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Tractography: Achieving Safety and Function Preservation and Brain Tumor Surgery

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written by Dr. Akshat Kayal

It has been over five decades that the pioneering Indian Neurosurgeons introduced the specialty to the masses. Owing to the morbid nature of the neurosurgical disorders and the sequela of treatments there has been an innate stigma associated with neurological surgery in the medical fraternity and the populace. With emergence of better radiological techniques, early and accurate diagnosis of brain tumors has been possible demanding a prompt and precise treatment. There has also been a paradigm shift in the primary goals of neurosurgical oncology. It has changed from diagnosis, prognostication and palliation to achieving longevity with superior quality of life. The cornerstone of achieving this outcome is maximal tumor resection with preservation of the functional cortical and subcortical tissue.

Knowing of the location of these functional areas in relation to the tumor is important during the surgery. Neurosurgeons employ various radiological, electrophysiological and navigational tools to achieve this. One method to achieve this is to perform the surgery awake with use of intraoperative neurophysiological monitoring and constantly test the patient’s brain function. However, owing to the distortion of brain around the tumor the technique of identifying the functional areas in an awake patient would prove akin to finding needle in the haystack. 

This daunting task would be made much easier if we can have a map to the brain before we start navigating through it during the surgery. The conventional MRI gives us structural information of the brain-tumor tissues, blood vessels and fluid spaces in and around it. The use of functional MRI (fMRI) adds an additional layer of information. This identifies the cortical areas (areas on surface of brain) critical to the functions such as hand and leg movement, language, vision etc. Then there are fiber pathways that interconnect these functional areas with each other and with rest of the body. The entire substance of brain (white matter) is crisscrossed with these fibres. Preserving these “information highways” is equally important to safeguard the functional integrity of the body. The technique of identifying these subcortical (under the surface of the brain) fiber tracts is called as tractography. Utilization of all this preoperative information along with awake intraoperative monitoring to carry out the brain tumor surgery helps to make the procedure a safe and successful enterprise. (VIDEO 1)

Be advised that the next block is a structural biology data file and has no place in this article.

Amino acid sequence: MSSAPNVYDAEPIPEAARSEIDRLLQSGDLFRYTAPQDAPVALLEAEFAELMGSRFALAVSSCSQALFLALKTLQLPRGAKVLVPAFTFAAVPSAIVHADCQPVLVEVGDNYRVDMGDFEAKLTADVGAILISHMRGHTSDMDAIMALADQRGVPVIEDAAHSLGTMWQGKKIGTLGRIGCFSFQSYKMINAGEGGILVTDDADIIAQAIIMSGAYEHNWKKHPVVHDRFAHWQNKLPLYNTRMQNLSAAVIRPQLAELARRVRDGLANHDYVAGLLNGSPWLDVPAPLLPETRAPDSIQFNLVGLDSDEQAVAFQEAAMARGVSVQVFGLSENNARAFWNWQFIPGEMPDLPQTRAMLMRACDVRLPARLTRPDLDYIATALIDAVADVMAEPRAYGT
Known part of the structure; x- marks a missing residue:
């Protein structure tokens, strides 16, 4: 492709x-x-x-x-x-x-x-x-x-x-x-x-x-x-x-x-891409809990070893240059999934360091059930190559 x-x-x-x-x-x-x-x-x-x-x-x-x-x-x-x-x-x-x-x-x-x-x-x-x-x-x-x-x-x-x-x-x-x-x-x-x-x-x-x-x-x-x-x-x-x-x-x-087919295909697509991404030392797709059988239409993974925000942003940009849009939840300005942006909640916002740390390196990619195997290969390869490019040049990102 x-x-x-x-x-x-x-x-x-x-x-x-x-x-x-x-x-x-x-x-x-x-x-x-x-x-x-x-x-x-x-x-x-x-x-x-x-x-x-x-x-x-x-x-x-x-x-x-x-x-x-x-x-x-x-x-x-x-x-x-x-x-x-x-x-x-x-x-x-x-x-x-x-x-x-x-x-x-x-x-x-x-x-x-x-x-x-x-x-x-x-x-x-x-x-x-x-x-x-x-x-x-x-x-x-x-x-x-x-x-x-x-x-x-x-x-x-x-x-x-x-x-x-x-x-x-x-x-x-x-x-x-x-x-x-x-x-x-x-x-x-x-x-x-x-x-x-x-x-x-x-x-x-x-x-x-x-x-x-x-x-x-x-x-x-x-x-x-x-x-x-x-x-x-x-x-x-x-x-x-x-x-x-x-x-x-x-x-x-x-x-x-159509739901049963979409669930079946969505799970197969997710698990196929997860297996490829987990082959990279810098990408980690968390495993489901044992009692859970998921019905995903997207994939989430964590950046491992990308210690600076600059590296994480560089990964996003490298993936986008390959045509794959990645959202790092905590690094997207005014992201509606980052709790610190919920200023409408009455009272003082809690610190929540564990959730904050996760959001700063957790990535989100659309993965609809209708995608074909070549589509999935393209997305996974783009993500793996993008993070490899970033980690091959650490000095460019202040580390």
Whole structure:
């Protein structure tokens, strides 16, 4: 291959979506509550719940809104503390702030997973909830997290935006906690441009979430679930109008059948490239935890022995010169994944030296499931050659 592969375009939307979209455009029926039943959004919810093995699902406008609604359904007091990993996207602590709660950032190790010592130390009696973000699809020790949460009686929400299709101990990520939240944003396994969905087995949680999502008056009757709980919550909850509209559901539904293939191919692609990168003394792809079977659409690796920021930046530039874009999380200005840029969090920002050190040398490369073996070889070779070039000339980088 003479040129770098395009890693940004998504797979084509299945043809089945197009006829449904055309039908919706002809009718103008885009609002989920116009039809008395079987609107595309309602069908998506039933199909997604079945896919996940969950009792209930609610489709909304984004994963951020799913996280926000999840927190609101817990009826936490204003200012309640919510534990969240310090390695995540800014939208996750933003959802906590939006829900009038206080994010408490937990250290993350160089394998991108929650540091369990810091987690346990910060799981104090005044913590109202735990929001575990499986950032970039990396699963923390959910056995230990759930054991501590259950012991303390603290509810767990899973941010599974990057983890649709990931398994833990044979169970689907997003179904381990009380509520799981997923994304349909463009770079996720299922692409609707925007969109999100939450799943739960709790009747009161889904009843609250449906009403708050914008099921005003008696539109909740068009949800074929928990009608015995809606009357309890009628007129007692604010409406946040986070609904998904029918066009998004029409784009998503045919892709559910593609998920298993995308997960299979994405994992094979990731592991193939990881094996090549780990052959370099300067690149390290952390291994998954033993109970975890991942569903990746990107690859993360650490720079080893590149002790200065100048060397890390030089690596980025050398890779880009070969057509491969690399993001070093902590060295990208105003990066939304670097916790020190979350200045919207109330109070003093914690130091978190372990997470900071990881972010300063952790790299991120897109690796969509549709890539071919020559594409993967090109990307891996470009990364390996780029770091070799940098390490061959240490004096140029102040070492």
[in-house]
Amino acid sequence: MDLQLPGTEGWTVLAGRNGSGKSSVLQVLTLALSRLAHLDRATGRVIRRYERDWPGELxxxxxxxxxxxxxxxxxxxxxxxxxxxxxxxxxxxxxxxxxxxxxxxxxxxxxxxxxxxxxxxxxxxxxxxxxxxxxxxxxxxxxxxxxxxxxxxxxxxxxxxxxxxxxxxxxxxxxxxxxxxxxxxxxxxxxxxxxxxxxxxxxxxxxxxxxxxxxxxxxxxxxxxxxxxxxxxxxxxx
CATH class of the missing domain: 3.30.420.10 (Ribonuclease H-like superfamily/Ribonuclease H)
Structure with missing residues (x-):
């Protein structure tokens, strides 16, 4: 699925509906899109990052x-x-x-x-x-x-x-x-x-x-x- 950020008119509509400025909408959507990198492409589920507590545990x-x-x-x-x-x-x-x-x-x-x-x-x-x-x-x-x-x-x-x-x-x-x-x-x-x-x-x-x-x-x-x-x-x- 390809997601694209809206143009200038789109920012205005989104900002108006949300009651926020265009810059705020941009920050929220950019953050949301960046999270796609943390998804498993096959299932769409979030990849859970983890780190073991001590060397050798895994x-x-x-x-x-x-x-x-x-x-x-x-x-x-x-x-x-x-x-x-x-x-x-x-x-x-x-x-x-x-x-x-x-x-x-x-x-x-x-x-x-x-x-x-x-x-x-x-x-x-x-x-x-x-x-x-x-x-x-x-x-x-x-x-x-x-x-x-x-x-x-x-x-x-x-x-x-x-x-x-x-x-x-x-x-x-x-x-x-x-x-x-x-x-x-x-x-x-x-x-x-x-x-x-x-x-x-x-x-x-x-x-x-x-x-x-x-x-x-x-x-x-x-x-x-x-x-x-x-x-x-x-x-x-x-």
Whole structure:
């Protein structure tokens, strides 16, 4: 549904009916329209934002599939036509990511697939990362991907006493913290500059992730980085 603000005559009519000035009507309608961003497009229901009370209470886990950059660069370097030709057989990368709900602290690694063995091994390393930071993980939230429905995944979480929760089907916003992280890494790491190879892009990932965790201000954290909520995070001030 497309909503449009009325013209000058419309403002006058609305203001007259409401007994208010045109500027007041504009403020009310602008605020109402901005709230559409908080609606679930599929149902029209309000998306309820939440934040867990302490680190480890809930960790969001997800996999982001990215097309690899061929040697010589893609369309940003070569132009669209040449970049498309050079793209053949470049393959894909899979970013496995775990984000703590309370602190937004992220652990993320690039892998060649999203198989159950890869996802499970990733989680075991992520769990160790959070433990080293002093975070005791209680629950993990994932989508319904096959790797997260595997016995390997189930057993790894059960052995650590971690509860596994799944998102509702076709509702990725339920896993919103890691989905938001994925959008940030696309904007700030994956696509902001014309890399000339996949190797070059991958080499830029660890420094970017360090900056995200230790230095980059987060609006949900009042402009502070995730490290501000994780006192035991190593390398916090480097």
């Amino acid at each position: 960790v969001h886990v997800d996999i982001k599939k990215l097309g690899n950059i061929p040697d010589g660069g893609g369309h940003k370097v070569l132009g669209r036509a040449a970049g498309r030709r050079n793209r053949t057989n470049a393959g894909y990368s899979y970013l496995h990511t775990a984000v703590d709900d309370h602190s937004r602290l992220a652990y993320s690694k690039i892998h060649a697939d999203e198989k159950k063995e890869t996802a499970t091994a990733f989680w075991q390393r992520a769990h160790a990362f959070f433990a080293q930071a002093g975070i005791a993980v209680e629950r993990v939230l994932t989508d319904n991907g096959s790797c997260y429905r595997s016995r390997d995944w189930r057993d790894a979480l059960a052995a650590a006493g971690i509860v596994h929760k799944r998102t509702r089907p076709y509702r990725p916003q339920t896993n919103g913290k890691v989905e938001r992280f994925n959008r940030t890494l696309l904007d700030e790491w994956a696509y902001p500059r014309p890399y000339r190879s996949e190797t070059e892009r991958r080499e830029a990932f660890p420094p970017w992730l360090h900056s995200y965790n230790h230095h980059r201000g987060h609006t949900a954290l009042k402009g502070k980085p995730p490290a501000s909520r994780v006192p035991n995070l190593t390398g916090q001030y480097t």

The science behind diffusion tractography is deterministic evaluation of anisotropic movement of water molecules along the subcortical white matter fibres. With help of this technique we can identify the fibres connecting brain with hands and legs (cortico-spinal tracts), language areas with each other (dorsal and ventral language streams), eyes to the brain (optic tracts). The information of these fibres with relation to the brain tumor is known. It also tells us if the fibres are shifted, distorted or invaded by the tumor or the surrounding edema. Additionally, the location of these fibres can be confirmed intraoperatively using navigation and sub-cortical electrical stimulation. A successful tumor resection would require to preservation of these functional sub-cortical white matter tracts while achieving maximal safe resection of the tumor.

Illustrated Case: 47 years male, presented with seizures and right frontal tumor displacing the cortico-spinal tract posterio-medially (FIGURE 1). Awake surgery with intraoperative monitoring helped in successful complete tumor resection with identification and preservation of the motor fibres. (VIDEO 2, FIGURE 2).

Tractography is a robust tool to help plan and execute complex brain tumor surgery. Its utilization along with other intraoperative tools makes the brain surgery safer and ensures high degree of function preservation. Inclusion of this technology has made achievement of complete/ maximal safe tumor resection with prolonging the patient life a reality.


Left Parafalcine Glioma. Green Segmentation: Tumor; Orange Segmentation (BOLD Signal) clockwise: fMRI (Supplementary Motor Area, Hand Area, Leg Area, Wernicke’s Area, Broca’s Area); 

White Matter Tracts: Pink- Frontal Aslant Tract, Light Blue – Motor Fibres, Ochre – Middle Longitudinal Fasciculus, Yellow-Arcuate Fasciculus, Orange – Inferior Fronto-Occipital Fasciculus, Dark Blue – Uncinate Fasciculus, Red – Inferior Longitudinal Fasciculus

Figure 1: Green: Tumor, Blue: Corticospinal Tract displaced posterio-medially, Orange: fMRI BOLD signal of right hand and leg areas
Video 2: Awake Surgery with Intraoperative Monitoring (subcortical stimulation) of  corticospinal tract to preserve motor function
Figure 2: Postoperative scan (POD 1) showing complete removal of tumor

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